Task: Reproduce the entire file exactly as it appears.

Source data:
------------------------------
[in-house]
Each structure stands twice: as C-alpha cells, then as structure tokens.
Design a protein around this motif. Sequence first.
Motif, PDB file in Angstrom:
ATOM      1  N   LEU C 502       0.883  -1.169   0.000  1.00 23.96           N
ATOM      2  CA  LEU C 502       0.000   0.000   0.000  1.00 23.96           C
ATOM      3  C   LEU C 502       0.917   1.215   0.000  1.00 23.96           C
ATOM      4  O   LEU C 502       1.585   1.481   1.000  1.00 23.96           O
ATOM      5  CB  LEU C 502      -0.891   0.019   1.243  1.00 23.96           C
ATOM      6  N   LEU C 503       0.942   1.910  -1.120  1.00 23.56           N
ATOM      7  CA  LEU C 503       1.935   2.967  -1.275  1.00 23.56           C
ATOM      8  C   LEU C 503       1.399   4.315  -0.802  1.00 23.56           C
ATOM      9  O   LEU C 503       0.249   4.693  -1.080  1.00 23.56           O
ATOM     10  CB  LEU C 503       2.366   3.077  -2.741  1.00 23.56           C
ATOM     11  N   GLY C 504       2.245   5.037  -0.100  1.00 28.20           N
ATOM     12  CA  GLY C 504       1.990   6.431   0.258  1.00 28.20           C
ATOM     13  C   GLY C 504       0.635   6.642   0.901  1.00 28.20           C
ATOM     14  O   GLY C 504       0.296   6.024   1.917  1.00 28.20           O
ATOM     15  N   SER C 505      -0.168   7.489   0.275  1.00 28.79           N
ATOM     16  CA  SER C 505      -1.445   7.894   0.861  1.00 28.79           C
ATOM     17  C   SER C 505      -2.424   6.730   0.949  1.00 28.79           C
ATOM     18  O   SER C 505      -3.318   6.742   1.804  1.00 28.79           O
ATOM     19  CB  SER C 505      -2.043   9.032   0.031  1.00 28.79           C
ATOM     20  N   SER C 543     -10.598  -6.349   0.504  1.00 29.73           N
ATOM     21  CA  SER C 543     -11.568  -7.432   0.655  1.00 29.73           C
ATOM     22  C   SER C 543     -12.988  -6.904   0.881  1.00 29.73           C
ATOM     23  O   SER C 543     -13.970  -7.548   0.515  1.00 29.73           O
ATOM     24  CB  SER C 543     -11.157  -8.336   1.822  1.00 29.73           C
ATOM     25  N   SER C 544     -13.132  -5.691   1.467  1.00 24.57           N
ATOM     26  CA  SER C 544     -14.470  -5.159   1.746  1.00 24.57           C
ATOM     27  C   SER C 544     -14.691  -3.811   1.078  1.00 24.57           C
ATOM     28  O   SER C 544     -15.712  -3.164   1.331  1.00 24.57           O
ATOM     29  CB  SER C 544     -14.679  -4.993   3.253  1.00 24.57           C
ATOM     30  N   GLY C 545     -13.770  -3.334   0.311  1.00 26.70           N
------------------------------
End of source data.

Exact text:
[in-house]
Each structure stands twice: as C-alpha cells, then as structure tokens.
Design a protein around this motif. Sequence first.
Motif, PDB file in Angstrom:
ATOM      1  N   LEU C 502       0.883  -1.169   0.000  1.00 23.96           N
ATOM      2  CA  LEU C 502       0.000   0.000   0.000  1.00 23.96           C
ATOM      3  C   LEU C 502       0.917   1.215   0.000  1.00 23.96           C
ATOM      4  O   LEU C 502       1.585   1.481   1.000  1.00 23.96           O
ATOM      5  CB  LEU C 502      -0.891   0.019   1.243  1.00 23.96           C
ATOM      6  N   LEU C 503       0.942   1.910  -1.120  1.00 23.56           N
ATOM      7  CA  LEU C 503       1.935   2.967  -1.275  1.00 23.56           C
ATOM      8  C   LEU C 503       1.399   4.315  -0.802  1.00 23.56           C
ATOM      9  O   LEU C 503       0.249   4.693  -1.080  1.00 23.56           O
ATOM     10  CB  LEU C 503       2.366   3.077  -2.741  1.00 23.56           C
ATOM     11  N   GLY C 504       2.245   5.037  -0.100  1.00 28.20           N
ATOM     12  CA  GLY C 504       1.990   6.431   0.258  1.00 28.20           C
ATOM     13  C   GLY C 504       0.635   6.642   0.901  1.00 28.20           C
ATOM     14  O   GLY C 504       0.296   6.024   1.917  1.00 28.20           O
ATOM     15  N   SER C 505      -0.168   7.489   0.275  1.00 28.79           N
ATOM     16  CA  SER C 505      -1.445   7.894   0.861  1.00 28.79           C
ATOM     17  C   SER C 505      -2.424   6.730   0.949  1.00 28.79           C
ATOM     18  O   SER C 505      -3.318   6.742   1.804  1.00 28.79           O
ATOM     19  CB  SER C 505      -2.043   9.032   0.031  1.00 28.79           C
ATOM     20  N   SER C 543     -10.598  -6.349   0.504  1.00 29.73           N
ATOM     21  CA  SER C 543     -11.568  -7.432   0.655  1.00 29.73           C
ATOM     22  C   SER C 543     -12.988  -6.904   0.881  1.00 29.73           C
ATOM     23  O   SER C 543     -13.970  -7.548   0.515  1.00 29.73           O
ATOM     24  CB  SER C 543     -11.157  -8.336   1.822  1.00 29.73           C
ATOM     25  N   SER C 544     -13.132  -5.691   1.467  1.00 24.57           N
ATOM     26  CA  SER C 544     -14.470  -5.159   1.746  1.00 24.57           C
ATOM     27  C   SER C 544     -14.691  -3.811   1.078  1.00 24.57           C
ATOM     28  O   SER C 544     -15.712  -3.164   1.331  1.00 24.57           O
ATOM     29  CB  SER C 544     -14.679  -4.993   3.253  1.00 24.57           C
ATOM     30  N   GLY C 545     -13.770  -3.334   0.311  1.00 26.70           N